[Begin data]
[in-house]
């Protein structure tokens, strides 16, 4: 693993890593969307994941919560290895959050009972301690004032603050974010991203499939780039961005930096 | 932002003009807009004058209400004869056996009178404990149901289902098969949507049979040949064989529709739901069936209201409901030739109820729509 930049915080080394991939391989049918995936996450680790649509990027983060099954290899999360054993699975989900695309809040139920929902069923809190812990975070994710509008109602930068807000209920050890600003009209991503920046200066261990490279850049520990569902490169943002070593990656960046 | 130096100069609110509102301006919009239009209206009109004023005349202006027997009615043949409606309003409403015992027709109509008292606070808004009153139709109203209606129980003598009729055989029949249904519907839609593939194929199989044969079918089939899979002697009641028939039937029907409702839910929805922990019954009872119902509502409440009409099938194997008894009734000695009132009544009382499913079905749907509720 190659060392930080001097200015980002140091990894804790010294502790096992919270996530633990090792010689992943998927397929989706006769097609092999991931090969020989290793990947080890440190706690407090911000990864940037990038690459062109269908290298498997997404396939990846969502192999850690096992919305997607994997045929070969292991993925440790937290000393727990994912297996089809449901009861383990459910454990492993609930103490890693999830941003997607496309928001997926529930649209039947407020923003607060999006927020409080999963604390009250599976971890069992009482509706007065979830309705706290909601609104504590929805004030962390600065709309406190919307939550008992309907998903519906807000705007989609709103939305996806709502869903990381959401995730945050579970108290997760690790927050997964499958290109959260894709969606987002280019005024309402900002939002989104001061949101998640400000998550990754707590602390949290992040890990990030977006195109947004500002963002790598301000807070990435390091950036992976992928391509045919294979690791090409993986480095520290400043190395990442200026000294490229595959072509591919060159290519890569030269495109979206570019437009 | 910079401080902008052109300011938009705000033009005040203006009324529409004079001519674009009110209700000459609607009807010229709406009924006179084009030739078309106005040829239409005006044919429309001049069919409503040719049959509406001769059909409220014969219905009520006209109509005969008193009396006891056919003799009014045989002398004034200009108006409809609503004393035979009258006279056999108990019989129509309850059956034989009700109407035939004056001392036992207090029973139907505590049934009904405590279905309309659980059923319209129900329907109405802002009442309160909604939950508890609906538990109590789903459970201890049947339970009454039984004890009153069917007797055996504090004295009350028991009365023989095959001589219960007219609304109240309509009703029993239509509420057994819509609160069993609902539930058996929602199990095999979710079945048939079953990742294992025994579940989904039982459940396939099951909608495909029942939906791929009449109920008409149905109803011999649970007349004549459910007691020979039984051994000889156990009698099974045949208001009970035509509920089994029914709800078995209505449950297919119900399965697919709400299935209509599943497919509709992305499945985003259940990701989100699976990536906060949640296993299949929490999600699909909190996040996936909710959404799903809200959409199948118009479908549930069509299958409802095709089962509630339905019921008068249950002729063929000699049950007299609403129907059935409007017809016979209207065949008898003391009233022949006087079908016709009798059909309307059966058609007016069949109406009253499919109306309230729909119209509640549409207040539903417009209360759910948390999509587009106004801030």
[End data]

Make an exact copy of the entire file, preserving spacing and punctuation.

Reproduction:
[in-house]
């Protein structure tokens, strides 16, 4: 693993890593969307994941919560290895959050009972301690004032603050974010991203499939780039961005930096 | 932002003009807009004058209400004869056996009178404990149901289902098969949507049979040949064989529709739901069936209201409901030739109820729509 930049915080080394991939391989049918995936996450680790649509990027983060099954290899999360054993699975989900695309809040139920929902069923809190812990975070994710509008109602930068807000209920050890600003009209991503920046200066261990490279850049520990569902490169943002070593990656960046 | 130096100069609110509102301006919009239009209206009109004023005349202006027997009615043949409606309003409403015992027709109509008292606070808004009153139709109203209606129980003598009729055989029949249904519907839609593939194929199989044969079918089939899979002697009641028939039937029907409702839910929805922990019954009872119902509502409440009409099938194997008894009734000695009132009544009382499913079905749907509720 190659060392930080001097200015980002140091990894804790010294502790096992919270996530633990090792010689992943998927397929989706006769097609092999991931090969020989290793990947080890440190706690407090911000990864940037990038690459062109269908290298498997997404396939990846969502192999850690096992919305997607994997045929070969292991993925440790937290000393727990994912297996089809449901009861383990459910454990492993609930103490890693999830941003997607496309928001997926529930649209039947407020923003607060999006927020409080999963604390009250599976971890069992009482509706007065979830309705706290909601609104504590929805004030962390600065709309406190919307939550008992309907998903519906807000705007989609709103939305996806709502869903990381959401995730945050579970108290997760690790927050997964499958290109959260894709969606987002280019005024309402900002939002989104001061949101998640400000998550990754707590602390949290992040890990990030977006195109947004500002963002790598301000807070990435390091950036992976992928391509045919294979690791090409993986480095520290400043190395990442200026000294490229595959072509591919060159290519890569030269495109979206570019437009 | 910079401080902008052109300011938009705000033009005040203006009324529409004079001519674009009110209700000459609607009807010229709406009924006179084009030739078309106005040829239409005006044919429309001049069919409503040719049959509406001769059909409220014969219905009520006209109509005969008193009396006891056919003799009014045989002398004034200009108006409809609503004393035979009258006279056999108990019989129509309850059956034989009700109407035939004056001392036992207090029973139907505590049934009904405590279905309309659980059923319209129900329907109405802002009442309160909604939950508890609906538990109590789903459970201890049947339970009454039984004890009153069917007797055996504090004295009350028991009365023989095959001589219960007219609304109240309509009703029993239509509420057994819509609160069993609902539930058996929602199990095999979710079945048939079953990742294992025994579940989904039982459940396939099951909608495909029942939906791929009449109920008409149905109803011999649970007349004549459910007691020979039984051994000889156990009698099974045949208001009970035509509920089994029914709800078995209505449950297919119900399965697919709400299935209509599943497919509709992305499945985003259940990701989100699976990536906060949640296993299949929490999600699909909190996040996936909710959404799903809200959409199948118009479908549930069509299958409802095709089962509630339905019921008068249950002729063929000699049950007299609403129907059935409007017809016979209207065949008898003391009233022949006087079908016709009798059909309307059966058609007016069949109406009253499919109306309230729909119209509640549409207040539903417009209360759910948390999509587009106004801030």